“Implants are a large part of my daily practice,” says Melbourne Periodontist, Dr Adam Rosenberg. After completing his Bachelor of Dental Surgery in his native South Africa, Dr Rosenberg spent three years in the United States studying towards a Masters Degree in Periodontology at the University of North Carolina at Chapel Hill. It was here that he first encountered the Straumann Dental Implant System.
Dr Rosenberg is driven by biology – and it’s the biology behind the Tissue Level Implant that keeps him coming back to Straumann. “The design of the Tissue Level implant respects the concept of the biological width where it is recommended that there should be at least 2-3mm between the restorative interface and the crest of bone,” says Dr Rosenberg. “If the biological width is violated, then over time we would expect to see bone loss around an implant as the body starts to reconstruct the biological width itself.”
“The Tissue Level is available with two gingival collar heights 2.8mm Standard and 1.8mm Standard Plus” explains Dr Rosenberg. From a surgical perspective considerations need to be made when placing a Tissue Level implant. The surgeon needs to control where the restorative platform is placed to achieve an ideal restorative outcome. Straumann’s recommendations and protocols must be followed to ensure a predictable and stable outcome; not only in the short term but in the long term as well. When placed correctly, and respecting the biological width I have noted stable bone levels over the last 18 years.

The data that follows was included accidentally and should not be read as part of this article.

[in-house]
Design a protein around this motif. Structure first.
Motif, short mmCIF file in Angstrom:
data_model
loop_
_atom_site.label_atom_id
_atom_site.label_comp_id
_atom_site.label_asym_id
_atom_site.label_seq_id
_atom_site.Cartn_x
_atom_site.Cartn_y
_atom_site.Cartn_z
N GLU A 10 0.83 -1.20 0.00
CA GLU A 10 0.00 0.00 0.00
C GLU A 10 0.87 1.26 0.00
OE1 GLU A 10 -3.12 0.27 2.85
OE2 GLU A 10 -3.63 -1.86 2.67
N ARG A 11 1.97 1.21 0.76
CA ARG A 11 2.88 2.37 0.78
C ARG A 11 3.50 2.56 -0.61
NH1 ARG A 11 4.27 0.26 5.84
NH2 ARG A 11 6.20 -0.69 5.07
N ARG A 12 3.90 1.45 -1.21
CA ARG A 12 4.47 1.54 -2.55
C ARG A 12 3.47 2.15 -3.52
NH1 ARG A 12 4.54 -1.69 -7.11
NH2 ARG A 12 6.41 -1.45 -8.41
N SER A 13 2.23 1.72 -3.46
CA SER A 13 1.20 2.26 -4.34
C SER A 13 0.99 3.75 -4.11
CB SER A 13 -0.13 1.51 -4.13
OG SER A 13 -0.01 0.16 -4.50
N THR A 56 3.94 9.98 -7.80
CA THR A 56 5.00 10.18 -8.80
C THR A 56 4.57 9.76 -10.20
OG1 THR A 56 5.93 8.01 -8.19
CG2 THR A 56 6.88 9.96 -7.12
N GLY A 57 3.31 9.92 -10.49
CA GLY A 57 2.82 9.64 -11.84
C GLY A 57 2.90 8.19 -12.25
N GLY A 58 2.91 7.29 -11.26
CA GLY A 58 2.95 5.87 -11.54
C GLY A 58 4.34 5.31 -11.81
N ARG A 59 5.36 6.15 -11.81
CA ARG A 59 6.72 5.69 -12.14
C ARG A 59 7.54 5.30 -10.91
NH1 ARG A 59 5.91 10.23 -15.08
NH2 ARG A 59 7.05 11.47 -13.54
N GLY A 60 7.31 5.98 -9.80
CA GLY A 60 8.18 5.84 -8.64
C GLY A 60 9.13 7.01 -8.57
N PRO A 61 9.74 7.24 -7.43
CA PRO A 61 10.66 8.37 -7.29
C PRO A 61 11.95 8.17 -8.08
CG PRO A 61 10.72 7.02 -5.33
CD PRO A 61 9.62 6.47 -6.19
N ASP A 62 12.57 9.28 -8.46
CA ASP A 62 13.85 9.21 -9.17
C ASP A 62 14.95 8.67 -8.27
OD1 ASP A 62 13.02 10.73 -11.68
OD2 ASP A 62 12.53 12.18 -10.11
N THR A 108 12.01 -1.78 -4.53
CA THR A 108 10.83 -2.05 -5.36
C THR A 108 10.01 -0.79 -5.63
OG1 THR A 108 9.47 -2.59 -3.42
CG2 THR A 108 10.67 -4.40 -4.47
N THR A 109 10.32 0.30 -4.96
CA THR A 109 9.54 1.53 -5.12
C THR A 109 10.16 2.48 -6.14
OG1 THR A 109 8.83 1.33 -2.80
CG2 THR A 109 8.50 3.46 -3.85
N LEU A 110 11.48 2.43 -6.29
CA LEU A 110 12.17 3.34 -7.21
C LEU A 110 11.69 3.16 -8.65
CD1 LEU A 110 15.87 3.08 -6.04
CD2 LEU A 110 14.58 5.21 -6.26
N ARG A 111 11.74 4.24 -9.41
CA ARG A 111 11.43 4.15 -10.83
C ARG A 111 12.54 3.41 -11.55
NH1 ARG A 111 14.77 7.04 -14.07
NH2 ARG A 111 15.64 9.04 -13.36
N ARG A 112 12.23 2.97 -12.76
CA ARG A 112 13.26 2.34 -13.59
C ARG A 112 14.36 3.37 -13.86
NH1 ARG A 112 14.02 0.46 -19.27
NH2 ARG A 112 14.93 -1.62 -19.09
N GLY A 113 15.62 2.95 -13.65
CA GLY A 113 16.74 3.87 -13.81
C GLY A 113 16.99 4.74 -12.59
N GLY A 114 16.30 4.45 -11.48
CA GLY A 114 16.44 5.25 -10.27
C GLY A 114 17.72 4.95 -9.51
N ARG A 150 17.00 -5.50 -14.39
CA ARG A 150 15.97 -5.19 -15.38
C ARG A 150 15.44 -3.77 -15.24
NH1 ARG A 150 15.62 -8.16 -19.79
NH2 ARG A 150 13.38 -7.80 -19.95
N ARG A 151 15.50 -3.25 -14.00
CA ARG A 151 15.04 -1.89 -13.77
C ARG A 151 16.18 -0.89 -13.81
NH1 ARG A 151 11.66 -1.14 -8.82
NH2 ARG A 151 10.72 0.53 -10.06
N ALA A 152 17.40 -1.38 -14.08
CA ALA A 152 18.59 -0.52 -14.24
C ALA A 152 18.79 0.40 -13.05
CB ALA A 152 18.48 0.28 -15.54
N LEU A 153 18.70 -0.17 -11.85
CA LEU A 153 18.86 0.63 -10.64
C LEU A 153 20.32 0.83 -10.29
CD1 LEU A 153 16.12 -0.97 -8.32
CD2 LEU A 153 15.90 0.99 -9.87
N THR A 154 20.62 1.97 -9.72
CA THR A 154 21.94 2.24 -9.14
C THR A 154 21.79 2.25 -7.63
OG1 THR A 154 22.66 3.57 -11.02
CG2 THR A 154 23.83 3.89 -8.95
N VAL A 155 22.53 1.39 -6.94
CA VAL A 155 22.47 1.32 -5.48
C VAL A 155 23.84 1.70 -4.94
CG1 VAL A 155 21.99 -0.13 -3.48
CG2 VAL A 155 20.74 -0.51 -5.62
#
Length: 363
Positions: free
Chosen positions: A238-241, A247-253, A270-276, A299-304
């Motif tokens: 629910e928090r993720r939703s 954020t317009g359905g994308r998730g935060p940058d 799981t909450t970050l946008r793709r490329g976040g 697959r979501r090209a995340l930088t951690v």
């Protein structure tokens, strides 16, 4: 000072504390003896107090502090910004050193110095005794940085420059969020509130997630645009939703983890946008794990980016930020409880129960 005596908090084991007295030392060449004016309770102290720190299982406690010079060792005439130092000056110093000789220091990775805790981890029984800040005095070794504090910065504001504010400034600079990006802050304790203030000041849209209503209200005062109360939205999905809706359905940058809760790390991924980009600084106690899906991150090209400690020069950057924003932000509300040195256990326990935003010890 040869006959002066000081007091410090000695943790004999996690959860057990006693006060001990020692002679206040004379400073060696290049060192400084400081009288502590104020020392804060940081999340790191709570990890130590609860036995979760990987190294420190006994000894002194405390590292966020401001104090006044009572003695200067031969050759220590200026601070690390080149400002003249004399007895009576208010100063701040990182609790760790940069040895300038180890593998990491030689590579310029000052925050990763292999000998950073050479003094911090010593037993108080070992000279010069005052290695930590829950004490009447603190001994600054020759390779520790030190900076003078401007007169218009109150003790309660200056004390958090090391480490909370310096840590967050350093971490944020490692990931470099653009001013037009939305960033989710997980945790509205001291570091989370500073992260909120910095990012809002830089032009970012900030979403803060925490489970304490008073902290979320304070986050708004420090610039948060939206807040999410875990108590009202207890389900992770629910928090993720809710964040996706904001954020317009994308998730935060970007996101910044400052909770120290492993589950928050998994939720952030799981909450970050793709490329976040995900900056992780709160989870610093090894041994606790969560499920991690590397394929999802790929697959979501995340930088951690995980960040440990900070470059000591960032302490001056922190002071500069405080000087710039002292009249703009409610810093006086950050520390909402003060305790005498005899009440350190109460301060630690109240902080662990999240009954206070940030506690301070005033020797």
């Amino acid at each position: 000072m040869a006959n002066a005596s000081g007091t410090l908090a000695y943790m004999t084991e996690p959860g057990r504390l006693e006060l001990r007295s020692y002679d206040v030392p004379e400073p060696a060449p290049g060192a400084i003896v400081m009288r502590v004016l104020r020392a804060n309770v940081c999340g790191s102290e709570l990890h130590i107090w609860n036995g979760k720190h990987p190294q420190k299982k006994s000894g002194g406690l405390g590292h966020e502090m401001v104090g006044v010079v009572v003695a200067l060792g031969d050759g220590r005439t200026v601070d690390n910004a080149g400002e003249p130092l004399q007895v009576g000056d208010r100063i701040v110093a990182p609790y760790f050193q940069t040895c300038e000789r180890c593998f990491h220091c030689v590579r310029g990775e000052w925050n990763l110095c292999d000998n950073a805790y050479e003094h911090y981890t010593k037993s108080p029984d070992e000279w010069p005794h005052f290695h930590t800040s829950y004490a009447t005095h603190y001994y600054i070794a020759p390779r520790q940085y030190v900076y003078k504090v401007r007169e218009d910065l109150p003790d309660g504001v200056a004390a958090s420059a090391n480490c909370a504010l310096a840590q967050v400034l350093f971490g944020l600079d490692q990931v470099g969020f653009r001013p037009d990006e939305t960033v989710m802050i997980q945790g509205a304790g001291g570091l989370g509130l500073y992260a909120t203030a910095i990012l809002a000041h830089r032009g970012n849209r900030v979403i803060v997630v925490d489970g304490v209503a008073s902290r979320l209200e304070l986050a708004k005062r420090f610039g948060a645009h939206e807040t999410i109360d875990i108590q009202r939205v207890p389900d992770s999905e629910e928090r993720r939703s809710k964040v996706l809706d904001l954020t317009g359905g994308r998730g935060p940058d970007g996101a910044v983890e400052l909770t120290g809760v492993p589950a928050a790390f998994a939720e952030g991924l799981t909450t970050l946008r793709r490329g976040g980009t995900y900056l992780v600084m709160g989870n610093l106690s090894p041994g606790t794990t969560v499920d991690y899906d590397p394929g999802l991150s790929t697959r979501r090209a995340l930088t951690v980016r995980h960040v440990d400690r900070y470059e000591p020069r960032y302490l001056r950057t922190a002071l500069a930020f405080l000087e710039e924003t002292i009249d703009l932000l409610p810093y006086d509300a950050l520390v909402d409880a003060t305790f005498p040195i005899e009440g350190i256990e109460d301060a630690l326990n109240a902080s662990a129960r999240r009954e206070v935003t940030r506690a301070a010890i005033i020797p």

The Tissue Level implant is designed so that when placed, the restorative platform should be equi-gingival or 1-2 mm sub-gingival. This enables the patient and dental professional to access the restorative interface and is easier to maintain with good oral hygiene practice.
When Dr Rosenberg first started using the Straumann Implant system nearly two decades ago, Tissue Level implants were the only implant in the range. To avoid the risk of collar exposure the implants were placed deeper. This goes against the concept of its design. Placement of Tissue Level implants in the anterior region is more challenging. Patients with high smile lines and or gingival recession could become an aesthetic concern due to the smooth collar. Straumann subsequently added Bone Level Implants to its portfolio which enables added flexibility to where the implant to abutment interface will be. This allows the restoring dentist to have more control. “Therefore, I would say that currently I am using Tissue Level implants in the posterior sextants only,” says Dr Rosenberg.
The Straumann Tissue Level implant is an ideal implant for the posterior region. Straumann offers five iterations of their Tissue Level implants with diverse body and neck sizes and designs. In addition, Straumann offers five types of connections comprising prosthetic platforms of different widths, from 3.3mm to 6.5mm. “When it comes to replacing molars the Tissue Level implant is ideal. I favour the Wide Neck Standard Plus implant,” says Dr Rosenberg. “The Straumann Tissue Level Wide Neck (WN) implant is 4.8mm in diameter with a 6.5mm restorative platform. This allows placement of the implant slightly sub-gingival and still have an acceptable emergence profile.” Every university has its system and treatment philosophy. Dr Rosenberg’s mentors at the University of North Carolina at Chapel Hill favoured the Straumann Implant System, and he inherited their enthusiasm. “The first implant system that I placed 17 years ago was a Straumann Tissue Level implant,” says Dr Rosenberg. He’s been using them ever since.